Dropbox has been positioning itself as a competitor to Google Docs and Push for some time today, the provider arguably attracted cloud synced storage to the masses, and latest partnerships with Ms Office have given it robust document creation and collaboration features. So it is a little surprising to see Dropbox announces a major partnership with Google today: the service will soon be capable to connect to Google G Suite. What is most important to know there’s that users will be capable to create Google Docs, Sheets and Slides files directly in Dropbox. We have not seen precisely how this will still work, but it is probably does not differ from what Dropbox did with its Microsoft partnership.
Dropbox’s iOS and Android applications are closely integrated with Word, Microsoft Excel and Powerpoint, letting you create new files in Dropbox and after that jump right into Office to look after the information. Likewise, your Dropbox store can be linked to an Office online account. If we’d to guess, Google’s document types will just be added to the Dropbox interfaces whenever ask him / her to create new files, believing you have linked your Google and Dropbox accounts. These files will be stored in Dropbox store, and users will be capable to edit and open them straight through Dropbox’s interface.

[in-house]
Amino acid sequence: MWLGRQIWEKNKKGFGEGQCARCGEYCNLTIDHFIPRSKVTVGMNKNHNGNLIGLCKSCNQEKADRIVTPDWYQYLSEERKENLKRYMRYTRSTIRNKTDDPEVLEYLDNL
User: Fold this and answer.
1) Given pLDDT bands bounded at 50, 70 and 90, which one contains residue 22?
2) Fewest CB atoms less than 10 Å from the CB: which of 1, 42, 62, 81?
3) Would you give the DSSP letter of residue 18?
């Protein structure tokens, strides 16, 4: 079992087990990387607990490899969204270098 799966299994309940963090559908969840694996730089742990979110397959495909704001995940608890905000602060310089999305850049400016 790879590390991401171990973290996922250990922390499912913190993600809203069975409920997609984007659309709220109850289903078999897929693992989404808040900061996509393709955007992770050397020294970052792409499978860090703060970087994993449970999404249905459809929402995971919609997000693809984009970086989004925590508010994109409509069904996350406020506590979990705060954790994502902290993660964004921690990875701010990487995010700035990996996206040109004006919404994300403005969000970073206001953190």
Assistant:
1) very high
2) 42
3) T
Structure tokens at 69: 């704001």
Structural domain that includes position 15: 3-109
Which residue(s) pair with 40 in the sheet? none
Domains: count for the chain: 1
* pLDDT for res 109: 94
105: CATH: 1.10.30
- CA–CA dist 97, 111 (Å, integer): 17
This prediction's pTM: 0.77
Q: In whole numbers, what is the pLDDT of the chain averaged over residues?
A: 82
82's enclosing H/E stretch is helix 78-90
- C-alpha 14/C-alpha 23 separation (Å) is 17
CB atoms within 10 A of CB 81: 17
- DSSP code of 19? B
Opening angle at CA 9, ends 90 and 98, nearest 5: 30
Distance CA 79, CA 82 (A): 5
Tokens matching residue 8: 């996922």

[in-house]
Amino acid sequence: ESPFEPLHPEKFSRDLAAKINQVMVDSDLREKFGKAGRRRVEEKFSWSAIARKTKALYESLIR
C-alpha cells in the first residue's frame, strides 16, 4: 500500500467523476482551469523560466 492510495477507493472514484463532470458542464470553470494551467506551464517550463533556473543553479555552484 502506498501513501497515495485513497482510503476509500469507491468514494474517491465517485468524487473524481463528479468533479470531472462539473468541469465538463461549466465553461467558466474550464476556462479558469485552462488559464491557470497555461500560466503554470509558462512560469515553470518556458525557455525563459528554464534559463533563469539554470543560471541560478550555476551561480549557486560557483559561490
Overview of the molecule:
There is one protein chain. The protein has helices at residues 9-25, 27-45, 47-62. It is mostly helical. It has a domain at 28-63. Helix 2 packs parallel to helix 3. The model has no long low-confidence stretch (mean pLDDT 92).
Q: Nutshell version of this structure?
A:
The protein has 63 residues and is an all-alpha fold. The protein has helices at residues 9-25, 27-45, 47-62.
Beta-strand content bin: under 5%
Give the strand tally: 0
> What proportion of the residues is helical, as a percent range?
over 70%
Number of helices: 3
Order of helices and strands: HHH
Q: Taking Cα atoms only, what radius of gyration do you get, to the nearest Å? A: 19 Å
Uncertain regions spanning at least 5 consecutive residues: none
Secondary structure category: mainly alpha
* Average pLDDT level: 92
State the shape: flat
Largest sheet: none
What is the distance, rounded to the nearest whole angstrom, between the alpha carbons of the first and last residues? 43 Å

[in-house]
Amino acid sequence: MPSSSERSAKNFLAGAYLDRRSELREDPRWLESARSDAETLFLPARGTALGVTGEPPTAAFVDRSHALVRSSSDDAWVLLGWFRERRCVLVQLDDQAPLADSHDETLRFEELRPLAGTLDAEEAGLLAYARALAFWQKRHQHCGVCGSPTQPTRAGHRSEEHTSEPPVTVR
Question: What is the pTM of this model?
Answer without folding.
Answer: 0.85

Lastly, for companies benefiting from this, the Google Docs file stored in Dropbox will be handled the same as anything else, administrators will be capable to revoke access or keep track of these files the same as anything else stored inside a company Dropbox account. Dropbox is incorporating with Google’s tools in a few other ways. To begin with, a Dropbox to get Gmail add-on will allow users create connections to Dropbox files right in the Gmail interface. And also a tool for the only announced Hangouts Announcement Will Bring Dropbox files into the messaging program, users can search, share and preview files without leaving the Hangouts Chat UI.
Regardless of that Dropbox and Google are competing very comparable domains, the partnership makes sense on some levels. Increasing numbers of companies are using G Suite because of their business work, which suggests increasingly more Google documents are floating around out there. In the same time, lots of companies are using Dropbox to handle their files and also for team collaboration. Creating these two worlds play better together may benefit users of both programs, also Dropbox has said it wants to work with the tools that people use to get things done. Adding Google to its listing of partners should go a considerable way towards making that happen. These integrations are anticipated to go live in the second 50% of 2018.